Make no mistake This right wing Red Tory sect of the Labour party has just lost whats left of Labour ground roots support. No Blairite is going to get their vote. Sadly in England it will go to UKIP. I wont be surprised to see moves made to deselect Red Tory candidates from their seats after this.

    I’m not a member of the Labour party but I feel the utter disgust at the despicable betrayal of a decent man and decent social Democrat by those not fit to wipe his arse in a political context.

    Shame on the lot of you. You reap what you sow. Hell mend ye.

  5. Day by day that this attempted coup continues makes Labour look like a party that serves just itself. You’re squabbling to #savelabour when you should be uniting to save the country.

    The disgruntled MPs should stand another contender and let your members vote on it. If elect-ability is the most important criteria then they should propose their best shot candidate and have The Mirror run a proper poll to rate the electablility of all the candidates. Then your members can be properly informed before they vote.

  6. I agree with Jim above. Also polls have shown that the Labour vote for remain did hold up. This is no time to be distracting from the disastrous manoeuvring of the Tory Party and yet Jeremy Corbyn was being blamed for Brexit before all the votes were counted. In whose interest was that. As for the “Vermin” T-shirt, it was appalling but there was no proof that it was anything but an isolated, misguided individual; while those on either side of him who brought it to public attention were identified as being connected to a particular group of “Blairite” supporters.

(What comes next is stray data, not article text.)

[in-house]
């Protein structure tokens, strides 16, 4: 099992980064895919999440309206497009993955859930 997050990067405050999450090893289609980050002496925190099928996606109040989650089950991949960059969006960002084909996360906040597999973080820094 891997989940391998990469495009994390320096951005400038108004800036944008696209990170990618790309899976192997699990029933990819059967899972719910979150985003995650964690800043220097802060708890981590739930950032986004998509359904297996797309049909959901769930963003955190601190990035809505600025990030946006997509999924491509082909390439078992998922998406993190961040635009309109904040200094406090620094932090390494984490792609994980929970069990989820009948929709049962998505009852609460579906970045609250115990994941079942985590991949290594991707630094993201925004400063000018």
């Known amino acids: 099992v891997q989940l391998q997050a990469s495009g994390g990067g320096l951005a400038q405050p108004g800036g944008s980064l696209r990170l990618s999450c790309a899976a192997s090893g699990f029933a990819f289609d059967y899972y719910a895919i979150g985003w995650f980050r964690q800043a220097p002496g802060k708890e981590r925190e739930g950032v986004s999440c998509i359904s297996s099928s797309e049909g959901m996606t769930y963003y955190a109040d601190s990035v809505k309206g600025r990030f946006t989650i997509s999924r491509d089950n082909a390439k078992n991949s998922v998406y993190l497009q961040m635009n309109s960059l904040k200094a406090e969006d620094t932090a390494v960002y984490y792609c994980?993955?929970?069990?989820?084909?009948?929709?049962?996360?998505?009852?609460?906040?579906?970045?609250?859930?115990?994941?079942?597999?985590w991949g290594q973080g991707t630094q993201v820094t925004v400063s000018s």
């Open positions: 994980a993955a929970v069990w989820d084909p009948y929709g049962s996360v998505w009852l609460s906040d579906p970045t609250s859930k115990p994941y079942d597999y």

7. I agree with Jim, for anyone who thinks it is ok to publicly humiliate and individual to the point of bullying is an absolute disgrace to the image of the party and to themselves. It is a human right to show people respect. There was nothing honorable in how the MPs have behaved and has really shamed the party. First Blair, then Gordon Brown, then Ed Miliband and now Corbyn. Will the MPs ever be happy with a leader? Quite frankly they have created a rod for their back and the party is more divided than ever before. I cannot think of anyone suitable to lead the party and will probably be another decade before a new fresh generation of pure hearted Labour activists take control and lead the party to victory.

  8. Is incredible that the PLP is so totally and utterly lacking in forethought.

    Similarly their lack of critical thinking when spouting nonsense like this would be hilarious if it wasn’t so deeply sad.

    They also seem to have very short memories, JC wasn’t even in the door before the knives were out for him; none of them seem to mention that though, fortunately in this modern media age WE all remember.

    The game’s over for Labour now, and while my time actively supporting them is in the past I had hoped it may be rekindled in the future, there is no future for the Labour Party now.

    1. Dear, dear Bill, calm down. I thought everyone had agreed with Shami that Nazi references were inappropriate for civilised Labour party discourse.

  9. As a non party member but a labour voter for 36 years before deciding I couldn’t vote for Mr Murphy in the Scottish elections I keep looking for a way back to Labour. I thought Mr Corbyn might be that way. Unfortunately that hasn’t been the case.

    Since his selection as leader he has faced a fair bit of resistance from the PLP and more than a fair bit of bias from the media. He would have had to be an exceptional man to turn the party around. It appears to me he is a good man, but sadly not an exceptional one.